RESULTS The absorption spectrum of MDB medium from 200 to 700 nm showed absorbance peaks at 429 nm and 589 nm, with 589 nm being the wavelength maximum (lambda-max) (Figure 1). The absorbance at 405, 570 and 620 nm of MDB at different pH is shown in Figure 2. At 570 nm, a linear plot of absorbance and pH was observed between pH 5 to 9, while there was no linear relationship of absorbance versus pH at 405 and 620 nm. In Figure 3, the absorbance at 570 nm (A 570 ) for MDB inoculated with saline (MS), MDB with lysine

Figure 1. Scanning spectrophotometry of the Moeller decarboxylase medium without addition of amino acids at different pH with the presence of pH indicators, bromocresol purple and cresol red

Figure 2. Absorbance of Moeller decarboxylase base broth at different pH read at 405, 570 and 620 nm (mean SD; n=3)

Figure 3. Absorbance at 570 nm for set of media+saline (MS), media+amino acid+saline (MAS), media+culture (MC) and media+amino acid+culture (MAC) for Moeller decarboxylase medium supplemented with lysine and inoculated with E. coli


and saline (MAS), MDB with culture (MC) and MDB with lysine and inoculated with E. coli (MAC) showed that there was no absorbance elevation in MS, MAS and MC; while the A570 in MAC increased during 7.5 h incubation with highest increment followed by A620 and A405 (Figure 4). There was a significant increase (p<0.05) in absorbance of the MDB medium containing histidine, lysine or ornithine when inoculated with E. coli from 5.5 hours of incubation onwards (Figure 5). In the case of

K. pneumoniae , there was a significant increase in absorbance (p<0.05) in the medium containing histidine or lysine from 4.0 hours of incubation onwards (Figure 6). There was no significant increase in absorbance in media containing any of the eight amino acids when the media were inoculated with A. anitratus or S. aureus (Figures 7 & Figure 8). In the conventional method using MDB inoculated with E. coli (Figure 9), positive results were observed at 5 to 7 hours when histidine was present, but

Figure 4. Corrected absorbance (mean SD; n=6) of Moeller decarboxylase base medium added with lysine and inoculated with E. coli at 405, 570 and 620 nm

Figure 5. Corrected absorbance at 570 nm of the Moeller decarboxylase medium (mean SD; n=6) in the presence of various amino acids (His: histidine, Phe: phenylalanine, Cys: cysteine, Lys: lysine, Arg: arginine, Orn: ornithine, Tyr: tyrosine and Trp: tryptophan) and inoculated with E. coli for 7.5 hours at 35 2C. * indicates statistically significancy at p<0.05 compared to 0 hour


Figure 6. Corrected absorbance at 570 nm of the Moeller decarboxylase medium (mean SD; n=6) in the presence of various amino acids (His: histidine, Phe: phenylalanine, Cys: cysteine, Lys: lysine, Arg: arginine, Orn: ornithine, Tyr: tyrosine and Trp: tryptophan) and inoculated with K. pneumoniae for 7.5 hours at 35 2C. * indicates statistically significancy at p<0.05 compared to 0 hour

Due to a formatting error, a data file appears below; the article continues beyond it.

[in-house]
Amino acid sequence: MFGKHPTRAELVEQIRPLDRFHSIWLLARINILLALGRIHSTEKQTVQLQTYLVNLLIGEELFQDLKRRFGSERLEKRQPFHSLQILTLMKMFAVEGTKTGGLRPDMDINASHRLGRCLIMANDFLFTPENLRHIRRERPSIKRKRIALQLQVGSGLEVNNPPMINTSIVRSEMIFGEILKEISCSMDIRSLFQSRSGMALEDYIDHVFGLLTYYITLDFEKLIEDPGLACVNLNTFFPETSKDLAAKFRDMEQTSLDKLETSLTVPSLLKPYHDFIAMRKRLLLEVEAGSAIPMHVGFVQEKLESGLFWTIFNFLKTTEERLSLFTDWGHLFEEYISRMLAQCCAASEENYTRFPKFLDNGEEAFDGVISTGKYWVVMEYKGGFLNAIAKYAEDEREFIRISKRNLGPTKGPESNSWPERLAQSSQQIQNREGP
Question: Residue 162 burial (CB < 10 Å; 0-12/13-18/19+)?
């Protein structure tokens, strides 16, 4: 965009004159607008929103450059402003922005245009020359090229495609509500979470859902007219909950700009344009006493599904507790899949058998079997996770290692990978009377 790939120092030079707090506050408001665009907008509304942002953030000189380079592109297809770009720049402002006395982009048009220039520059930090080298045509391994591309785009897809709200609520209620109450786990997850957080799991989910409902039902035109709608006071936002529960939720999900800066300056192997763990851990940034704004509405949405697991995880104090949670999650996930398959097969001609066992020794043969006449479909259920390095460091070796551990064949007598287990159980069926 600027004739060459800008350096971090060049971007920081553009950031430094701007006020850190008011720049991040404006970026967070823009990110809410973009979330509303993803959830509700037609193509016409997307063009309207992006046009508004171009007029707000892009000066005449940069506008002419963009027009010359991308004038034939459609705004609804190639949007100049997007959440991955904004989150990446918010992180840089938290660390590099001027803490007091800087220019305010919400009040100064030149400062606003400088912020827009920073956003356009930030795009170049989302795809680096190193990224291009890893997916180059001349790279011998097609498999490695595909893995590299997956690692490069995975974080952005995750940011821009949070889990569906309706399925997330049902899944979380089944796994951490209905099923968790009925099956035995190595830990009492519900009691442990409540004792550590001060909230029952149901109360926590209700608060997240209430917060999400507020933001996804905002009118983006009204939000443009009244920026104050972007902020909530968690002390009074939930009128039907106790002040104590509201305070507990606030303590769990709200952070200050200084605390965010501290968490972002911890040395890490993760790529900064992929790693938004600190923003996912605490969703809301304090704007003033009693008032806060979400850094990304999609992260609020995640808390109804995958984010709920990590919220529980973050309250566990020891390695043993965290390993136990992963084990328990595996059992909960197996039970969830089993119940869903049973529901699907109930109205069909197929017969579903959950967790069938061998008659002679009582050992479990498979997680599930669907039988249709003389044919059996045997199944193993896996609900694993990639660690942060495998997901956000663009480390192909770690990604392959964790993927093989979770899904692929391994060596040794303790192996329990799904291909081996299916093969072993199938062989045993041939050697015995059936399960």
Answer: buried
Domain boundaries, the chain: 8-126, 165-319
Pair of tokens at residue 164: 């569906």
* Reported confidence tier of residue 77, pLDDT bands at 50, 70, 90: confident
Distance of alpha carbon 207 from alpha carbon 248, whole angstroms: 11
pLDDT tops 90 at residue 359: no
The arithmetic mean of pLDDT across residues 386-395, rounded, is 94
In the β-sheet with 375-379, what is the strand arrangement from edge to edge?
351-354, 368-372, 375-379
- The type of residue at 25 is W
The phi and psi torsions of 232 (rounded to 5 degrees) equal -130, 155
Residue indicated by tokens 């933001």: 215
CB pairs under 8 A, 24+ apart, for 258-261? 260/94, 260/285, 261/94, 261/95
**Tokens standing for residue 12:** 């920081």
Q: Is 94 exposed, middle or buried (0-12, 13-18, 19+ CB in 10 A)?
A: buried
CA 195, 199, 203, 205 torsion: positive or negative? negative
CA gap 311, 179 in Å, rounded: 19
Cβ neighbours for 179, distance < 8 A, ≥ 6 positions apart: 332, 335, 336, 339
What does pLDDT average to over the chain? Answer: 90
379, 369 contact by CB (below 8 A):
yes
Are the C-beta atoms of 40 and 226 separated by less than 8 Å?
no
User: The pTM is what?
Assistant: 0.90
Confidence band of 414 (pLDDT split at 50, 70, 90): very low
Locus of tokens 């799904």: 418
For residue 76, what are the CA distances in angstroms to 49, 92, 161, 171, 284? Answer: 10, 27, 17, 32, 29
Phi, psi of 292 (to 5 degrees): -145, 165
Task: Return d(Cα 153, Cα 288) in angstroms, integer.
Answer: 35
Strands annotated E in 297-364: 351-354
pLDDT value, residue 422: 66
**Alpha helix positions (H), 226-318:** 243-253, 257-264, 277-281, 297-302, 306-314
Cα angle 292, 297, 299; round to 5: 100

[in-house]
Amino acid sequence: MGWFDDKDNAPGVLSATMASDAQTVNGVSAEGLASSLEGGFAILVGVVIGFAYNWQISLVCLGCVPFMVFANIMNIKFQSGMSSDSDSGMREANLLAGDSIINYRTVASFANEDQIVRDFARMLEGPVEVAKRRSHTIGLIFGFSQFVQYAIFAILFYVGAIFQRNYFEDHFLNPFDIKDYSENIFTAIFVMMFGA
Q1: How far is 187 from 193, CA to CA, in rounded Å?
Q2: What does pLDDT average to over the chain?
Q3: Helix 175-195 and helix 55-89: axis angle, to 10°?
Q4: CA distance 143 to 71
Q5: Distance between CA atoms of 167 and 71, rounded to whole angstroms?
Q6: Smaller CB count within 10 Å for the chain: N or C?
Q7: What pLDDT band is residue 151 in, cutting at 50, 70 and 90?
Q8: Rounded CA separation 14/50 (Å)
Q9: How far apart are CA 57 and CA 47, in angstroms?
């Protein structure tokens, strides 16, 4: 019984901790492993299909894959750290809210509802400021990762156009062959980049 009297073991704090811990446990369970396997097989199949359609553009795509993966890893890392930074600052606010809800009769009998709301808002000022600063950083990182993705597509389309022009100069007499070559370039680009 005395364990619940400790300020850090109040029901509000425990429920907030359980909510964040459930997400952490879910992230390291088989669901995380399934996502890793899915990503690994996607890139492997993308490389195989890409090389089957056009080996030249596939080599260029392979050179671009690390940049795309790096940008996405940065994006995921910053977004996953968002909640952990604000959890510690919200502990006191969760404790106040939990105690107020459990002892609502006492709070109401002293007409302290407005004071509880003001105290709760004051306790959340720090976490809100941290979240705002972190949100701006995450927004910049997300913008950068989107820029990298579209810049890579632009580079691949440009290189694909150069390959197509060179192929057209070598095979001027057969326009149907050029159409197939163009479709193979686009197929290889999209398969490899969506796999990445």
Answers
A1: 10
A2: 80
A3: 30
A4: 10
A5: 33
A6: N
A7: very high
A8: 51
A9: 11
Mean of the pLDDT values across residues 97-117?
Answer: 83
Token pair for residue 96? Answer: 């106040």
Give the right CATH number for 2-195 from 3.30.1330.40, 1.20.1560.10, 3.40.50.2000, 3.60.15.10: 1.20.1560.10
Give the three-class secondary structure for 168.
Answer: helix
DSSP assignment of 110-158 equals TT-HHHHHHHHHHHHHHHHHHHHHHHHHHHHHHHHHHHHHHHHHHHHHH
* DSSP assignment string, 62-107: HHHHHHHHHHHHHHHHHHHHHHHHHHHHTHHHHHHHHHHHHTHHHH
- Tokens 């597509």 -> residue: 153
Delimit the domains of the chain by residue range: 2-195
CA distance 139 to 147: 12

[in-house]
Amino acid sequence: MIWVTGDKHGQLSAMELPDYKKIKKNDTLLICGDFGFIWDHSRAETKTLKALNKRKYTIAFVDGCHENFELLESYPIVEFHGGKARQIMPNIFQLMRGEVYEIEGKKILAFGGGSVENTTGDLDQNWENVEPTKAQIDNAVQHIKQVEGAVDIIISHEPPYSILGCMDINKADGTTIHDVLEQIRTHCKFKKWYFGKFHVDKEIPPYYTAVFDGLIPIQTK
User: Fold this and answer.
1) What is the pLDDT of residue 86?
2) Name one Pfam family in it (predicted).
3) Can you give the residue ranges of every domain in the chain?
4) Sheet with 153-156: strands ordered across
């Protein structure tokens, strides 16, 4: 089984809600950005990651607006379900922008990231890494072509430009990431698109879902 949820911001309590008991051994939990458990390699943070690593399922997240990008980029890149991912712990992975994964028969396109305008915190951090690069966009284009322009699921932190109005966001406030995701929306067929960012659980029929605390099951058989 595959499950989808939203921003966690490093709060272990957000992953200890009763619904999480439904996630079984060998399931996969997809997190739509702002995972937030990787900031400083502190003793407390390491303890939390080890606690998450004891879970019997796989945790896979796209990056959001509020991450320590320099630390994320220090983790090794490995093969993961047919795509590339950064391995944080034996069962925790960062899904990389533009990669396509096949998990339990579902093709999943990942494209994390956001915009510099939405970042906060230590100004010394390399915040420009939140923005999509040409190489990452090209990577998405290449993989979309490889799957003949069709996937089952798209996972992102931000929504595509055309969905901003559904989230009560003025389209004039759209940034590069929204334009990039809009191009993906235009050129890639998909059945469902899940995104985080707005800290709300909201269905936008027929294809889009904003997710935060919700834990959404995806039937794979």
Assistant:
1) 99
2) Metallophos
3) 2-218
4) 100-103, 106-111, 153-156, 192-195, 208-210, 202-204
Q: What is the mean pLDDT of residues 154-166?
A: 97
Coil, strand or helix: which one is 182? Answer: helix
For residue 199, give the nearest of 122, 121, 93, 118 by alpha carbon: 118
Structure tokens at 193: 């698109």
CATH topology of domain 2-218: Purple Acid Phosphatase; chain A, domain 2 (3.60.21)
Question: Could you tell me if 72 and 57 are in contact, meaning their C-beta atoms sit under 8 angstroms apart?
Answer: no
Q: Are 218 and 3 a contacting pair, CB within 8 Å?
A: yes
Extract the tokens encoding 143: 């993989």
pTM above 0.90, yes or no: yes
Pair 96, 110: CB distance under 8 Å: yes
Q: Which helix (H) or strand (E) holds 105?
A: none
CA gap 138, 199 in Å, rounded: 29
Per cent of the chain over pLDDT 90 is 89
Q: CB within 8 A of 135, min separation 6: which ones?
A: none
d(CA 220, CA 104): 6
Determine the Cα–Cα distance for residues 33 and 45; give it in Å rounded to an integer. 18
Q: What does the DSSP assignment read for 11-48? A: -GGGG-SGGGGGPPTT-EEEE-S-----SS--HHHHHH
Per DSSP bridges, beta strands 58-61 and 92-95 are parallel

Figure 7. Corrected absorbance at 570 nm of the Moeller decarboxylase medium (mean SD; n=6) in the presence of various amino acids (His: histidine, Phe: phenylalanine, Cys: cysteine, Lys: lysine, Arg: arginine, Orn: ornithine, Tyr: tyrosine and Trp: tryptophan) and inoculated with A. anitratus for 7.5 hours at 35 2C. * indicates statistically significancy at p<0.05 compared to 0 hour

subsequently subsided and negative results were detected after 9 hours of incubation time. With the presence of arginine, the positive results were only detected after 48 hours of incubation time.

DISCUSSION Mllers base broth (MDB) contains dextrose as a source of carbohydrate, peptone and 356

beef extracts to supply the nutrients necessary to support bacterial growth, pyridoxal as the enzymatic reaction cofactor, and bromocresol purple and cresol red as the pH indicators (Mller, 1954). The pH 6.0 set at initial incubation time is optimum for the bacterial growth (Arnold & Brown, 1978; Mller, 1954). In Mllers method, results are based solely on visualization of media colour change. When a bacterium ferments dextrose under anaerobic condition,

Figure 8. Corrected absorbance at 570 nm of the Moeller decarboxylase medium (mean SD; n=6) in the presence of various amino acids (His: histidine, Phe: phenylalanine, Cys: cysteine, Lys: lysine, Arg: arginine, Orn: ornithine, Tyr: tyrosine and Trp: tryptophan) and inoculated with S. aureus for 7.5 hours at 35 2C. * indicates statistically significancy at p<0.05 compared to 0 hour

Figure 9. Results obtained through conventional method using MDB when inoculated with E. coli in the presence of histidine and arginine